August 12, 2020 hangvtt

GPU renderers for the real world

GPU rendering uses a graphics card for rendering in place of a CPU, which can significantly speed up the rendering process as GPUs are primarily designed for quick image rendering. GPUs were introduced as a response to graphically intense applications that do quite a lot of number crunching. Nowadays there are many studios and freelancers using GPU for their daily work. In this article today, I will focus on the render engines with with a connection to a modeling software.

Well, we can divide the popular renderers into 2 parts: GPU pure players vs CPU renderers converted to GPU.

1. GPU pure players

• Redshift

Redshift is defined on the website as “the world’s first fully GPU-accelerated, biased renderer. It is used in production by leading studios around the world because of its blazingly-fast GPU rendering – as much as 10 to 50 times faster than CPU rendering.”

Broken down, Redshift is a biased GPU render engine that allows for different ways of calculating final rendered images. This allows artists to speed up their workflow through means of “cheating” for non-photorealistic work, or inversely, artists can choose to not “cheat” for more photorealistic results. Think of it as being able to use standard or physical renderers, on a GPU, to get the results suited best for your needs and time.

Currently, Redshift is available for Cinema4D, Maya, 3DSMax, Houdini, and more in the works. Just like Solid Angle, Redshift doesn’t charge you to use additional plugins either. Hop between any of your 3D applications without spending more on additional licenses. This is really a big deal (looking at you Octane…)

• Octane

Otoy OctaneRender is one of the worlds most popular and fastest unbiased render engines in the world. With the performance capabilities OctaneRender provides, and the extensive list of applications it plugs into, it is easy to see why it is so popular amongst professionals.

Octane is very reactive and offers a great quality of rendering. The quality of integration in modeling software is variable though. But Octane remains a safe bet for those who need a broad-based easy-to-handle unbiased GPU renderer already tested by plenty of users.

• Eevee

EEVEE is the new physically-based rendering engine added to Blender starting with version 2.80. A GPU-only engine based on OpenGL, EEVEE is intended to be a real-time render engine with advanced features (volumetrics, subsurface scattering, ambient occlusion, motion blur and more).

While the EEVEE renders don’t generate results identical with Cycles, the render times are significantly faster.  The introduction of EEVEE opens up an array of options for artists, from 100% EEVEE renders to combining Cycles and EEVEE for optimum performance and visual eye-candy.

• FStormRender

FStorm is a new GPU render engine that is developed by Andrey Kozlov. At the moment, FStorm is only available for 3Ds Max, but other 3D softwares will be supported in the future. Only Nvidia GPU’s are supported and it´s always a good idea to update to the latest drivers. Fast, easy and robust…. I´m very satisfied with FStorm and I´m sure it will only get even better. If you want to try a GPU alternative to Corona, why not try FStorm.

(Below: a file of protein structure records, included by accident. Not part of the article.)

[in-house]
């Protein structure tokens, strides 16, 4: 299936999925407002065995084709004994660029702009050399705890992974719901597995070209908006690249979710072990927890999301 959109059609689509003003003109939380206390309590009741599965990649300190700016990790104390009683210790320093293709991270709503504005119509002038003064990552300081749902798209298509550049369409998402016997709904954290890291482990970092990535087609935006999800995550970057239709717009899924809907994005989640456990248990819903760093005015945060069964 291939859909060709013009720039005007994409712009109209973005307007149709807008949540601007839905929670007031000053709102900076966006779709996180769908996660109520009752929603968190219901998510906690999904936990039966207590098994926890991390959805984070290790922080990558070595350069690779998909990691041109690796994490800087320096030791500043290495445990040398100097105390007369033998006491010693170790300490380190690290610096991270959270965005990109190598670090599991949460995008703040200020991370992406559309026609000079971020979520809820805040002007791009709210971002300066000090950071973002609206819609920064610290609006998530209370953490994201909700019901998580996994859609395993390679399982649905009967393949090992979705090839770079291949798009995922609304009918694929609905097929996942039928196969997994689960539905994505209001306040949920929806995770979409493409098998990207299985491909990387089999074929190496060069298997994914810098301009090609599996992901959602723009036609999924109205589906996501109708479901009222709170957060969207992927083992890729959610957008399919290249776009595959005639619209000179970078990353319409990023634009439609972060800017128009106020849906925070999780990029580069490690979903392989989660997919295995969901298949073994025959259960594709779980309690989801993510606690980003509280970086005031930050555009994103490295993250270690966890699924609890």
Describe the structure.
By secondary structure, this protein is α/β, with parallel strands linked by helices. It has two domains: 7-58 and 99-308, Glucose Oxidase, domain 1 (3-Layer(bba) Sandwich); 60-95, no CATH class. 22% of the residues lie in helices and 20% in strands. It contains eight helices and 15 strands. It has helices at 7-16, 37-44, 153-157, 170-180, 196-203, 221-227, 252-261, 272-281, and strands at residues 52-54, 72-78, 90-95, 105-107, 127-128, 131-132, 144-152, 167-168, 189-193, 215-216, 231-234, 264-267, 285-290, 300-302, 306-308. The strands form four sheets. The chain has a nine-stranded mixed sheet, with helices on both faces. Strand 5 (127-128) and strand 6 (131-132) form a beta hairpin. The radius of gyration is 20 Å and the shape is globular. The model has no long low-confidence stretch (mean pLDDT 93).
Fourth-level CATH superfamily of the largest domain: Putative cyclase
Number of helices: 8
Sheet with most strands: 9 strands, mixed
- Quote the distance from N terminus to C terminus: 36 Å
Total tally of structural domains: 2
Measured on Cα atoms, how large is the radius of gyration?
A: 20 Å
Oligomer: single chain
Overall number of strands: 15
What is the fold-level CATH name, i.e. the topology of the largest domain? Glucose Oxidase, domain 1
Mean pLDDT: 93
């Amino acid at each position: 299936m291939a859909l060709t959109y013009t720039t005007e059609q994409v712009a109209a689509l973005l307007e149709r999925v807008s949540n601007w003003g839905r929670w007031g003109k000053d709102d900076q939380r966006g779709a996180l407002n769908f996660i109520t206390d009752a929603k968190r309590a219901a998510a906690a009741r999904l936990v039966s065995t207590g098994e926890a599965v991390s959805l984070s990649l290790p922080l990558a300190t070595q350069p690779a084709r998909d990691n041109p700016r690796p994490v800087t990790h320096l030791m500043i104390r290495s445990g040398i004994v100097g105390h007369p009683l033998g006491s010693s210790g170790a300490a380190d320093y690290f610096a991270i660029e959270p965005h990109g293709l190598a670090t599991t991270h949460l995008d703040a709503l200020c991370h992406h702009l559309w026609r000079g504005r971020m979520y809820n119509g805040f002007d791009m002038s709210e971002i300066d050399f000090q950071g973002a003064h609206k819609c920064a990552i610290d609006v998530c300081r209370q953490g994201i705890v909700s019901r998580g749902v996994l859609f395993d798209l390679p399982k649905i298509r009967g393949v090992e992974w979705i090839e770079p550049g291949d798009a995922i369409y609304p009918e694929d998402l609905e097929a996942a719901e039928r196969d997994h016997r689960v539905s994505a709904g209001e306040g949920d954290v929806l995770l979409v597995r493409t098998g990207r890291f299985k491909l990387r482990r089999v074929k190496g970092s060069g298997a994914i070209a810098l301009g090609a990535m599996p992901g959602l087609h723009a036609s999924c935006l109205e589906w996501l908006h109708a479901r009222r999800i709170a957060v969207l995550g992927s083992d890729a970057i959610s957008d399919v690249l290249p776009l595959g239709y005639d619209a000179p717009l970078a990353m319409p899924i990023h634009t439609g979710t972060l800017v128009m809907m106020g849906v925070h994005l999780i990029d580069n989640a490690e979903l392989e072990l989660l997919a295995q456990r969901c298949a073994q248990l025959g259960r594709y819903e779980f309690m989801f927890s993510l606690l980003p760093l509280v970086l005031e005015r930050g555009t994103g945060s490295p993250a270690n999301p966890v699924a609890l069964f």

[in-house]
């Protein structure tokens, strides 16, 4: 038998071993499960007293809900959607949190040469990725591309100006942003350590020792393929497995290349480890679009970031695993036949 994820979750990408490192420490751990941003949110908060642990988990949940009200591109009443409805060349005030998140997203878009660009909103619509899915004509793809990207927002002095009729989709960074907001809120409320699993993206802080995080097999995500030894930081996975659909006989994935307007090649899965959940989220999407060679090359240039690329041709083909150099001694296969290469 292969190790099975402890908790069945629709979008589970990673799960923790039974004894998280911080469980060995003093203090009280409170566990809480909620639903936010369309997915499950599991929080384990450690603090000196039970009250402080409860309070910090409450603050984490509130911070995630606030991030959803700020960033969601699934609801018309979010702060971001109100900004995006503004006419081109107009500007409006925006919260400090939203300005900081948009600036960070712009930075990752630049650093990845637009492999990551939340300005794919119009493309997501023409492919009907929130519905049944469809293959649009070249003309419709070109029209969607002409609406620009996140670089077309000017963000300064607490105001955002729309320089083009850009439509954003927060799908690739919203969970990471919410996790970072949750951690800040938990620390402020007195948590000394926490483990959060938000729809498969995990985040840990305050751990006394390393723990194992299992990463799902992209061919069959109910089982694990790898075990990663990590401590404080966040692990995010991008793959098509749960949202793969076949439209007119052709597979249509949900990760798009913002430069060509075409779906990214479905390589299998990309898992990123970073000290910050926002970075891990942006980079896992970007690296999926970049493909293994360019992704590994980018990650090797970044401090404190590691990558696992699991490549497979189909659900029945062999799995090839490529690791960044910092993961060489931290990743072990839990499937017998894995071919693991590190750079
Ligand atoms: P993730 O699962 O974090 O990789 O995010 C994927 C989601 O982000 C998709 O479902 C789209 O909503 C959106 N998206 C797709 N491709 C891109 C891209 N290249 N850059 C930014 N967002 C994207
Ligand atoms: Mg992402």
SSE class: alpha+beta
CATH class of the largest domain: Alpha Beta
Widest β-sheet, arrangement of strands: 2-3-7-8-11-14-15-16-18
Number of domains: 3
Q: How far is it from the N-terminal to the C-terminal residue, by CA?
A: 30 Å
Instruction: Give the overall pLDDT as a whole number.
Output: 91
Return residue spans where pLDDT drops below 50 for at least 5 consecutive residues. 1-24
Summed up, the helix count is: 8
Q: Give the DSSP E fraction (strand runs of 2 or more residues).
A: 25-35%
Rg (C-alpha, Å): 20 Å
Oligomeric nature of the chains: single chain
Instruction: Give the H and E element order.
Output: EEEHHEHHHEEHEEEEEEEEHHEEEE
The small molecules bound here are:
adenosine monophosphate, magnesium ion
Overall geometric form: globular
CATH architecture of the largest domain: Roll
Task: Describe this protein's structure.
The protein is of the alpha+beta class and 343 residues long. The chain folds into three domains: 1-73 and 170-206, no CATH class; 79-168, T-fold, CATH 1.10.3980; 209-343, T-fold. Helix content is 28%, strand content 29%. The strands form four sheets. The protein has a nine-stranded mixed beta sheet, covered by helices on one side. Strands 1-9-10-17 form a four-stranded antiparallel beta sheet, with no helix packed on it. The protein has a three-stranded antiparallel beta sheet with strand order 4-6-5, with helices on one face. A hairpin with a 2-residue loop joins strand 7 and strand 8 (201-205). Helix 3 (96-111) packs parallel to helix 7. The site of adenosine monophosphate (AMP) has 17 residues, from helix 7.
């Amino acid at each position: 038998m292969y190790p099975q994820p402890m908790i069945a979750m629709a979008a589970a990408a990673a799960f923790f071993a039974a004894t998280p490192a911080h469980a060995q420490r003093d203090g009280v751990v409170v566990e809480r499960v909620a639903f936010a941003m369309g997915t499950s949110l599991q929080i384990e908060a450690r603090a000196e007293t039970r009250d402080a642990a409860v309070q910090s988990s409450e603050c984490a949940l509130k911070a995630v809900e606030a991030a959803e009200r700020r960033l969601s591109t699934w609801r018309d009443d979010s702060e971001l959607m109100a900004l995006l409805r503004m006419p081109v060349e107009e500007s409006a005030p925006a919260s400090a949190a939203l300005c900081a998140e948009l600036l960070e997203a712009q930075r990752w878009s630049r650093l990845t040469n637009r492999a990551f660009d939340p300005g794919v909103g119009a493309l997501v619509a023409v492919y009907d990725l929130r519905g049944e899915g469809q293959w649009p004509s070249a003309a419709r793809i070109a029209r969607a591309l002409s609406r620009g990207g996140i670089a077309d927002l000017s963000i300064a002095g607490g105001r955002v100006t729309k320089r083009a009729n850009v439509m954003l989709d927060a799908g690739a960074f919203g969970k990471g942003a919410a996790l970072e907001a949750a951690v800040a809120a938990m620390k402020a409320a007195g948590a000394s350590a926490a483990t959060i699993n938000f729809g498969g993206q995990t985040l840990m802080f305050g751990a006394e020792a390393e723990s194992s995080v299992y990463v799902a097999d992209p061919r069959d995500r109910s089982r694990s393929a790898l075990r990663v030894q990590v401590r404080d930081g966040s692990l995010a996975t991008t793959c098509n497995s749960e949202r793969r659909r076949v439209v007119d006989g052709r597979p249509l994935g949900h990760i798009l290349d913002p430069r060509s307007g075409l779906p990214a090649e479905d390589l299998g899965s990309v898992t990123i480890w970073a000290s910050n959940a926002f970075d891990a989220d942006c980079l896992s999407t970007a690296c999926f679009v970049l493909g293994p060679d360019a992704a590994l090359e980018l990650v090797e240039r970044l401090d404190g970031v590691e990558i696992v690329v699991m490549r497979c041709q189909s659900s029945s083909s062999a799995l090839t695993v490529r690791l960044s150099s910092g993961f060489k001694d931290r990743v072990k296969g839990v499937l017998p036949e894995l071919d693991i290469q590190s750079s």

2. CPU renderers converted to GPU.

• V-Ray GPU

We can’t deny this major player of the 3D world. V-Ray knows how to release a quality GPU renderer. Unlike other renderers, V-Ray GPU maximizes interactive performance by using all of your GPUs and/or CPUs — and delivers identical results. However, it is not that easy for CPU users to adopt V-Ray GPU in a short time because of over 20 years of CPU developments to GPU.

• Cycles GPU

Cycles is Blender’s ray-tracing production render engine. All the attention of the 2.8 release of Blender was focused on Eevee used in the viewport but an important information has been pushed to the background: The addition of a hybrid mode for the GPU renderer with Cycles. It means you can also use CPU, like for V-Ray for instance. Cycles may be able to use your GPU to render.  It’s a great achievement if you consider the fact that you almost have the same features on the CPU and GPU renderer (which was already available on previous releases).

• Arnold GPU

While there are a lot of rendering options out there for GPU, there are one main third-party render engines you need to know Arnold and Cycles. We thought it’d be fun to take an in-depth look at all these amazing tools and discuss why you might prefer one over the other for rendering.

Learning Arnold is a great way to build a foundation that carries over to other render engines. Arnold’s shader and material system uses common terminology, and a node based workflow, that can be found in other render engines. If you are on a team that uses Arnold, and move to another shop that uses Redshift, you’re going to notice a lot of similarities. It is kind of like learning to drive in a Toyota, and then driving a Ford. There are differences, but it is all basically the same, too.

GPU rendering is supported with Arnold 6.0 and higher. Previous versions of Arnold do not support GPU rendering.

iRender is a Vietnamese company operating internationally that is based on the model of PaaS (Platform-as-a-Service), which rents the GPUs and CPUs on the cloud for 3D rendering, big data, Blockchain, remote render farm, Virtual Reality, Augmented Reality, Simulation or any kind of heavy and intensive tasks for the computer systems. iRender was developed with the most powerful GPU and CPU infrastructure that can handle all the heavy-duty tasks like a breeze. The GPUs used are GTX 1080Ti and 2080Ti with heavy-duty processors having multiple cores to support the heaviest workload.

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